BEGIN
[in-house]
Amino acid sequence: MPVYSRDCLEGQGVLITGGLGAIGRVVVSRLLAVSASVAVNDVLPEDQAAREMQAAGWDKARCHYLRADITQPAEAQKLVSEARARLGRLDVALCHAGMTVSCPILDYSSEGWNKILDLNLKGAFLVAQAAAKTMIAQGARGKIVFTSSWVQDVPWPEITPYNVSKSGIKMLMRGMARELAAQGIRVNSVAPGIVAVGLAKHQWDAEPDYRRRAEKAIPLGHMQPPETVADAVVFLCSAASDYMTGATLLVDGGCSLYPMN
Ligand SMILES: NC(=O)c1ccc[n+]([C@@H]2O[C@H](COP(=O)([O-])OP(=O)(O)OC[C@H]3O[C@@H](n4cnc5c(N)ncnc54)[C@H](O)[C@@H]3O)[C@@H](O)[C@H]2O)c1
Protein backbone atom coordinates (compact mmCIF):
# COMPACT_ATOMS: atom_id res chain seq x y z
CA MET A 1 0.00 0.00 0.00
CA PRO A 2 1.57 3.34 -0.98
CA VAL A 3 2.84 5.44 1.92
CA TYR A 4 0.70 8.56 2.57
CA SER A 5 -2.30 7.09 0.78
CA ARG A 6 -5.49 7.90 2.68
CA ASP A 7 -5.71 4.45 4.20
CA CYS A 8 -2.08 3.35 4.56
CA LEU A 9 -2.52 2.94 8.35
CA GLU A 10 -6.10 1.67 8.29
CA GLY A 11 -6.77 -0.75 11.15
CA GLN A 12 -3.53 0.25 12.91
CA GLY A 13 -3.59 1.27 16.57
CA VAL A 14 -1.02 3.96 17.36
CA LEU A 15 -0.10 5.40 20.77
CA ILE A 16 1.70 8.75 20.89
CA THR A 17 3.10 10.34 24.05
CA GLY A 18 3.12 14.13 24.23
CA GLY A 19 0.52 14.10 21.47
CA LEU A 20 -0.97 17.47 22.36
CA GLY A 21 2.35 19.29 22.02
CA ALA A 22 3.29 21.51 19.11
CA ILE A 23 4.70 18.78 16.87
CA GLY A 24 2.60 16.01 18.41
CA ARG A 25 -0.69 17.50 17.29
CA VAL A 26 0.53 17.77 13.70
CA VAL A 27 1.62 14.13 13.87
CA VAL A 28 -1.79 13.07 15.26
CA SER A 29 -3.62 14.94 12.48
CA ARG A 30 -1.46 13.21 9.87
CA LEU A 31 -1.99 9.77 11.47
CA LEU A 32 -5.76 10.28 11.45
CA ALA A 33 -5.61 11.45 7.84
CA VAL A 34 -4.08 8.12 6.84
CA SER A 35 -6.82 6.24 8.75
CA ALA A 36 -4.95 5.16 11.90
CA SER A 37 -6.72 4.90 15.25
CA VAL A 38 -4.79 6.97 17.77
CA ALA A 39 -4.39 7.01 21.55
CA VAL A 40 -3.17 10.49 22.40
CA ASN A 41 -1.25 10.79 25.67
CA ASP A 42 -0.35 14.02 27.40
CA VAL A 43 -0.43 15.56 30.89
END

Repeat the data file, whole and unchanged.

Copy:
[in-house]
Amino acid sequence: MPVYSRDCLEGQGVLITGGLGAIGRVVVSRLLAVSASVAVNDVLPEDQAAREMQAAGWDKARCHYLRADITQPAEAQKLVSEARARLGRLDVALCHAGMTVSCPILDYSSEGWNKILDLNLKGAFLVAQAAAKTMIAQGARGKIVFTSSWVQDVPWPEITPYNVSKSGIKMLMRGMARELAAQGIRVNSVAPGIVAVGLAKHQWDAEPDYRRRAEKAIPLGHMQPPETVADAVVFLCSAASDYMTGATLLVDGGCSLYPMN
Ligand SMILES: NC(=O)c1ccc[n+]([C@@H]2O[C@H](COP(=O)([O-])OP(=O)(O)OC[C@H]3O[C@@H](n4cnc5c(N)ncnc54)[C@H](O)[C@@H]3O)[C@@H](O)[C@H]2O)c1
Protein backbone atom coordinates (compact mmCIF):
# COMPACT_ATOMS: atom_id res chain seq x y z
CA MET A 1 0.00 0.00 0.00
CA PRO A 2 1.57 3.34 -0.98
CA VAL A 3 2.84 5.44 1.92
CA TYR A 4 0.70 8.56 2.57
CA SER A 5 -2.30 7.09 0.78
CA ARG A 6 -5.49 7.90 2.68
CA ASP A 7 -5.71 4.45 4.20
CA CYS A 8 -2.08 3.35 4.56
CA LEU A 9 -2.52 2.94 8.35
CA GLU A 10 -6.10 1.67 8.29
CA GLY A 11 -6.77 -0.75 11.15
CA GLN A 12 -3.53 0.25 12.91
CA GLY A 13 -3.59 1.27 16.57
CA VAL A 14 -1.02 3.96 17.36
CA LEU A 15 -0.10 5.40 20.77
CA ILE A 16 1.70 8.75 20.89
CA THR A 17 3.10 10.34 24.05
CA GLY A 18 3.12 14.13 24.23
CA GLY A 19 0.52 14.10 21.47
CA LEU A 20 -0.97 17.47 22.36
CA GLY A 21 2.35 19.29 22.02
CA ALA A 22 3.29 21.51 19.11
CA ILE A 23 4.70 18.78 16.87
CA GLY A 24 2.60 16.01 18.41
CA ARG A 25 -0.69 17.50 17.29
CA VAL A 26 0.53 17.77 13.70
CA VAL A 27 1.62 14.13 13.87
CA VAL A 28 -1.79 13.07 15.26
CA SER A 29 -3.62 14.94 12.48
CA ARG A 30 -1.46 13.21 9.87
CA LEU A 31 -1.99 9.77 11.47
CA LEU A 32 -5.76 10.28 11.45
CA ALA A 33 -5.61 11.45 7.84
CA VAL A 34 -4.08 8.12 6.84
CA SER A 35 -6.82 6.24 8.75
CA ALA A 36 -4.95 5.16 11.90
CA SER A 37 -6.72 4.90 15.25
CA VAL A 38 -4.79 6.97 17.77
CA ALA A 39 -4.39 7.01 21.55
CA VAL A 40 -3.17 10.49 22.40
CA ASN A 41 -1.25 10.79 25.67
CA ASP A 42 -0.35 14.02 27.40
CA VAL A 43 -0.43 15.56 30.89